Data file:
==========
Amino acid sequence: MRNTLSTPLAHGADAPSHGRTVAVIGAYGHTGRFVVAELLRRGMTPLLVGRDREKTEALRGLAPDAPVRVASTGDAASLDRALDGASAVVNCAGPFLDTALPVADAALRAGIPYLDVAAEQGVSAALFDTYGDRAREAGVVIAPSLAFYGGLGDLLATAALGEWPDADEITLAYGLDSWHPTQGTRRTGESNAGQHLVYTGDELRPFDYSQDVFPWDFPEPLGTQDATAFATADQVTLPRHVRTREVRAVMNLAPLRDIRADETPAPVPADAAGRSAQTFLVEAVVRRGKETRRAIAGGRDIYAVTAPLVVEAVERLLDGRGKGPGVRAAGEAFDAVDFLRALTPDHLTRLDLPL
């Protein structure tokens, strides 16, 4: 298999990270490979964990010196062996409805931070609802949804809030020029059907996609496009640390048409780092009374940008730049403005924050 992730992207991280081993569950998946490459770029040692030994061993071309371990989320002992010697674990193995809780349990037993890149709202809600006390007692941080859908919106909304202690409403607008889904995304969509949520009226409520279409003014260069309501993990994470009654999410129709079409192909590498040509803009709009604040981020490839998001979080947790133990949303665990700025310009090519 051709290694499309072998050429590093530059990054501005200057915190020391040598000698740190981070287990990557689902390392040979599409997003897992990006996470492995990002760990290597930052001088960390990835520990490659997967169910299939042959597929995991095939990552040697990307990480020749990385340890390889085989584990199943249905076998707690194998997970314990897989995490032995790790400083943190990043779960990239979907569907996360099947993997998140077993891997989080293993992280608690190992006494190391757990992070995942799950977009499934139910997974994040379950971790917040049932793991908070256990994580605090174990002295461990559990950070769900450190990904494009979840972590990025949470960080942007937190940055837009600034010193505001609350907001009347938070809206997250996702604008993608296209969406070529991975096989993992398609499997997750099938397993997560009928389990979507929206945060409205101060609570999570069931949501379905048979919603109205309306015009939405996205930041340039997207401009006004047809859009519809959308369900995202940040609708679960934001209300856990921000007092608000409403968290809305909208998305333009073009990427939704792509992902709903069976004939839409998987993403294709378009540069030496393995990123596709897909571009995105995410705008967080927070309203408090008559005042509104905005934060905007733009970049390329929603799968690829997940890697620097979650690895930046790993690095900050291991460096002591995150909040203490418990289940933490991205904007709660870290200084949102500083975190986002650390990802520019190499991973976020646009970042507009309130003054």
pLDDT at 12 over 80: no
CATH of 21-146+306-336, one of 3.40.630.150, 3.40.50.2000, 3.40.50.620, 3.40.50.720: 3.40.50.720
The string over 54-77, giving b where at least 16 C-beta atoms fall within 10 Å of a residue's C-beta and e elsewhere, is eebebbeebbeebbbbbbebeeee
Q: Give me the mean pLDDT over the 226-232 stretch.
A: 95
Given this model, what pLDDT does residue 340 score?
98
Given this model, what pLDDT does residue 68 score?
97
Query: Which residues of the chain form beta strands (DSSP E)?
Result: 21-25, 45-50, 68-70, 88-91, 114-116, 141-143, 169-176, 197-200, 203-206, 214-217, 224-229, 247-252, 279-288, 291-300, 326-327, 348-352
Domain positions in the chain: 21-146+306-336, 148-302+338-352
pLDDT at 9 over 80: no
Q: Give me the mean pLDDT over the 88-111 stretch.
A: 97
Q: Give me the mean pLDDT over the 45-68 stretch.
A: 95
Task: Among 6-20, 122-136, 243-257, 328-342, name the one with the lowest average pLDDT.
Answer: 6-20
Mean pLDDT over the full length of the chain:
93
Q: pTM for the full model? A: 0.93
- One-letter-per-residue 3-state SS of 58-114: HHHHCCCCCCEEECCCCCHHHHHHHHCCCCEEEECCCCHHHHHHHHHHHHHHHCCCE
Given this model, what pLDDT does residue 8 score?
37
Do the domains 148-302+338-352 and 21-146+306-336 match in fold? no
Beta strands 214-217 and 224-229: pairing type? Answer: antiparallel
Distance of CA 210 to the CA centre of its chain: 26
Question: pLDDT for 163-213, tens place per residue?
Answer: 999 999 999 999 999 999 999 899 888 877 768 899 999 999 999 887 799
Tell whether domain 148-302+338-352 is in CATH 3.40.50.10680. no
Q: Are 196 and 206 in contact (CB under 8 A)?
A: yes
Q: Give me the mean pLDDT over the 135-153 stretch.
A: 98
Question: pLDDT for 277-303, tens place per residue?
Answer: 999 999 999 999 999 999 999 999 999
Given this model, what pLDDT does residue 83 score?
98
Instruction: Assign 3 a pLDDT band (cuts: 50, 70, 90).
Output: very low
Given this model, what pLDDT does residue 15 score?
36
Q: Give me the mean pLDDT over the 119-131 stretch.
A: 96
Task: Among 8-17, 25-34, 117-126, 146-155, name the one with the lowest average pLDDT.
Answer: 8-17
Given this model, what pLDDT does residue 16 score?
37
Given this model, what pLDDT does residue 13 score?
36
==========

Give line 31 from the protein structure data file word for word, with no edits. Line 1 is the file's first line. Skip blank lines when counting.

Question: pLDDT for 163-213, tens place per residue?